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What would happen if the force of gravitation suddenly starts varying as $1$$/$$r^3$ instead of $1/r^2$ ? Would the symmetry of universe now seen be disrupted?

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If you're asking physics questions to satisfy your own curiosity at 16 years old, you don't need to apologize for how it sounds. Good luck on your continuing education. – AdamRedwine Oct 18 '12 at 11:53
Not a direct answer but might be of interest. There are three cases of a central power law where all the orbits can be written down explicitly using elementary functions---inverse square, direct proportionality (Hooke's law) and the $\frac 1{r^3}$ of your question. In the latter case, the orbits are the so-called Cotes' spirals about which the internet is full of information. By the way, all three were known to Newton and are dealt with in his "Principia". – mathuser4891 Jun 18 '13 at 9:58

It depends on what you mean by symmetry, But the force law $1/r^3$ does not have stable orbits. Small perturbations will de stabilize your orbits to fall inward or outward.

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As addition to this answer: – NikolajK Oct 18 '12 at 11:45
Also the iron sphere theorem would not hold as it relies on area of a sphere increasing with $r^2$. Relativity gets around this by changing the geometry. – SMeznaric Oct 18 '12 at 15:54
@NickKidman Wow! this and Bertrand's theorem are amazing! Thanks for the links. See also Dimension10's point 2 below and the Wiki page linked therein. – WetSavannaAnimal aka Rod Vance Aug 29 '13 at 5:04

Such a change can only occur if space becomes 4 dimensional instead of 3 dimensional (see for example, my answer here). That will have quite profound implications. For example,

  1. The Riemann Curvature Tensor will have one more part (but this "part" means many more components) along with the Ricci Curvature Tensor and the Weyl Curvature Tensor. This actually related to the Electromagnetic force so in toher words, Gravity and EM will behave in the same way.

  2. The 4+1=5 dimensional spacetime is actually unstable (agreedly, I don't know why, but whatever), at least according to Wikipedia's "privileged character of 3+1 dimensional spacetime" article.

  3. The string theory landscape maybe a bit smaller (I think.).

  4. The Ricci curvature in a vacuum on an Einstein Manifold would no longer be exactly $\Lambda g_{ab}$. There will be an ugly coefficient of $\frac{2}{3} $

  5. The magnetic field could not be written as a vector, unlike the electric field. This is because it would have 6 components whereas the spatial dimension is only 4. So, perhaps humans would be more familiar with exterior algebras, earlier than us who live in 3+1=4 dimensions. Either that or we would be trying to find out how magnetism works. Or we would just die out, due to Implication (2).

  6. Cross Products would be harder to evaluate. Another reason why we would be more familiar with exterior algebras!

  7. Ok, so I'll come back to your question now:

So in 4D space the Newtonian gravitational force is: $$\vec F=G_5 \frac{m_1m_2}{r^3}$$ Here, $G_5$ is the gravitational constant in 4 spatial dimensions (5 spacetime dimensions, thus the 5 subscript.). It has to be different from the ordinary gravitational constant because it needs different units (since the $\frac{1}{r^3}$ immediately induces an extra units of $\operatorname{m}^{-1}$, so the Gravitational constant needs to be adjusted to have a units with extra $\operatorname{m}$, i.e $\frac{\operatorname{m}^4}{\operatorname{kg} \operatorname{s^2}}$. According to string theory, the gravitational constant gets multiplied by the string length for every extra dimension added: $$G_5=\ell_s G_4$$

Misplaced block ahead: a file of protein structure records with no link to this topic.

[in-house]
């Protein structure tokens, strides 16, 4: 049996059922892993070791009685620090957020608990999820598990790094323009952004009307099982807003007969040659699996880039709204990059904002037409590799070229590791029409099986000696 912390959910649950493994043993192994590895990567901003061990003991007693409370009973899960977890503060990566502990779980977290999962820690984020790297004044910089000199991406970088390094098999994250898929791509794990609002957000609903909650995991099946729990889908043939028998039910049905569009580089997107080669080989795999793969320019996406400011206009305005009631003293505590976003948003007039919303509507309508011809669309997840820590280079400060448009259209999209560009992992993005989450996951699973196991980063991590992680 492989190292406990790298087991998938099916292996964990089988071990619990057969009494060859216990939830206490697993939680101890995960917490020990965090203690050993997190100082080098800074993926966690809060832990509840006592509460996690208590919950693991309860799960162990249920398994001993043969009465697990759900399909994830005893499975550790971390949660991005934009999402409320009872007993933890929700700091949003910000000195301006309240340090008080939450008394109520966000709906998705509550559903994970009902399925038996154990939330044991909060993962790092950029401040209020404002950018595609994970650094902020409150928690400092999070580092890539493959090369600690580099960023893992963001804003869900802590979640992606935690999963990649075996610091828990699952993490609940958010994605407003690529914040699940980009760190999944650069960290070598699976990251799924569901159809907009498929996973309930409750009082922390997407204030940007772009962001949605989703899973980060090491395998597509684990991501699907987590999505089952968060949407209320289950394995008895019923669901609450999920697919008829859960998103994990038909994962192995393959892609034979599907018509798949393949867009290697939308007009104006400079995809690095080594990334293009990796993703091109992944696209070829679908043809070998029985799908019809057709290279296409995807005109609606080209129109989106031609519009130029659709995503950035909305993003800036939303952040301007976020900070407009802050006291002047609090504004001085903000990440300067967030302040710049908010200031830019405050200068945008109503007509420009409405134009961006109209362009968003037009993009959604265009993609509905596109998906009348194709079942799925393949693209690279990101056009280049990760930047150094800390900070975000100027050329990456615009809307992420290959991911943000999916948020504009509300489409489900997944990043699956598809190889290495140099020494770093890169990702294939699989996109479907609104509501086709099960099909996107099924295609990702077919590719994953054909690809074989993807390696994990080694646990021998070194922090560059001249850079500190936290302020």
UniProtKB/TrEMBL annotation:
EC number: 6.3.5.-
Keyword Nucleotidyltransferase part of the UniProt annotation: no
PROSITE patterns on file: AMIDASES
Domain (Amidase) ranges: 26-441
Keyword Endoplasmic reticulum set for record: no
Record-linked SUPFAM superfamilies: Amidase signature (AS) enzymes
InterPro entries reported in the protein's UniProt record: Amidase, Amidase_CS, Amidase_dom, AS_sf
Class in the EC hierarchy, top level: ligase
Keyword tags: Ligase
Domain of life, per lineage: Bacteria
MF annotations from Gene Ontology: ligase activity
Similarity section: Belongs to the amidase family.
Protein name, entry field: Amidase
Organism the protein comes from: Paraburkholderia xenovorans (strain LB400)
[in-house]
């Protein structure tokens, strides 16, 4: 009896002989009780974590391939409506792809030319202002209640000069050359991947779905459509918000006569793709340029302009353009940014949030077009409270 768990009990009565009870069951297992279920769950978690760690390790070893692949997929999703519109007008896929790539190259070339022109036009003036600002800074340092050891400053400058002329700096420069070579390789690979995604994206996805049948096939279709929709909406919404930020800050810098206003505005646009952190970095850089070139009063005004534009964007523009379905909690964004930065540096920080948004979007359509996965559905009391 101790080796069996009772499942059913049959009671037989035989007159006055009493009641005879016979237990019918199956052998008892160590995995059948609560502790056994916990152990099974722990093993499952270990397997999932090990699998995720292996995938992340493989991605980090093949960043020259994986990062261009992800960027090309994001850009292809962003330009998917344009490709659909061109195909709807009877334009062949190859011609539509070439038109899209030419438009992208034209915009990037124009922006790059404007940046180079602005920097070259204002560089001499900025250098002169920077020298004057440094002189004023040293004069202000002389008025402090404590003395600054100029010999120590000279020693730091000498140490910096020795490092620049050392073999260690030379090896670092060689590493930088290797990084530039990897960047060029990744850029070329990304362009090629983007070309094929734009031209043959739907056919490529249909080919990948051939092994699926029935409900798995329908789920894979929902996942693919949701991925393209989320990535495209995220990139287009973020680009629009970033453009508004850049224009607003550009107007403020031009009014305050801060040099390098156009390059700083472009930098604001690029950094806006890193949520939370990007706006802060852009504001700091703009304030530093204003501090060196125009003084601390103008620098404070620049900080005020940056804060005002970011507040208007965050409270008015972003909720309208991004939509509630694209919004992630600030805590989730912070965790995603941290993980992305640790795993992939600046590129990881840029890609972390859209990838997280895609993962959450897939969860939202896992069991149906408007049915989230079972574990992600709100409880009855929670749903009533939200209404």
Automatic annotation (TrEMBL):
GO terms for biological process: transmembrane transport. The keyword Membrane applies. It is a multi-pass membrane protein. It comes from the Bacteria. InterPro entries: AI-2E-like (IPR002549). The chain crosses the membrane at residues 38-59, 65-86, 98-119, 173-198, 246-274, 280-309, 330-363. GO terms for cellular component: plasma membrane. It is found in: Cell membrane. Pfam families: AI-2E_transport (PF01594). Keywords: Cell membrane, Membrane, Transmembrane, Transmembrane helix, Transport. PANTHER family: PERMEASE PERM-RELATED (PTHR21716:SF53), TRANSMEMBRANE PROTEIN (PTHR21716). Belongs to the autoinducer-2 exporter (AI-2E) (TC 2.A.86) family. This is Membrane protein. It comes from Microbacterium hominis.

The exact string length is obviously unknown (a free parameter of string theory, as far as I know!) but let us just say it is $1.2374713757$ multiplied by the 3+1=4-dimensional (i.e ordinary) planck length (it would be a coincidence if it were exact!). The 3+1=4-dimensional planck length is approximately $1.616199\times 10^{-35}$. Then, for the estimate, the string length would be approximately $2\times 10^{-35}$ (now you know why I chose 1.2374713757 !:) (not a factorial sign )). Then, $G_5\approx 2\times 10^{-35}\times6.673\times 10^{-11}=13.346\times 10^{-46}$

That is very weak gravity! Now, how heavy is an apple? It has a mass of say $0.1\operatorname{kg}$. Then, the gravitational force between that and the earth (in 5-dimensional spacetime,/4-dimensional space), is approximately around (after applying both the inverse cube proportion and the reduced, very weak, small, tiny, gravitational constant.),:: $$F\approx 4.82\times10^{-32} \operatorname{Newtons}$$$$ And in daily life, it is like 1 Newton!..

Finally, in summary, gravity, would be much weaker!.

P.S. Your question is actually very relevant because recently, the inverse-square law has been tested by some experiments

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Minor comment to the answer (v2): In the future please link to abstract pages rather than pdf files, e.g., – Qmechanic Jun 17 '13 at 11:42
@Qmechanic: Thanks for telling me. I edited my answer accordingly. – centralcharge Jun 17 '13 at 11:47
The weak gravity is probably the killer. That would mean the Universe would be nothing but an expanding cloud of gas. So no 4D people to play Rubik's Tesseracts :( – mike4ty4 Feb 21 '15 at 10:35

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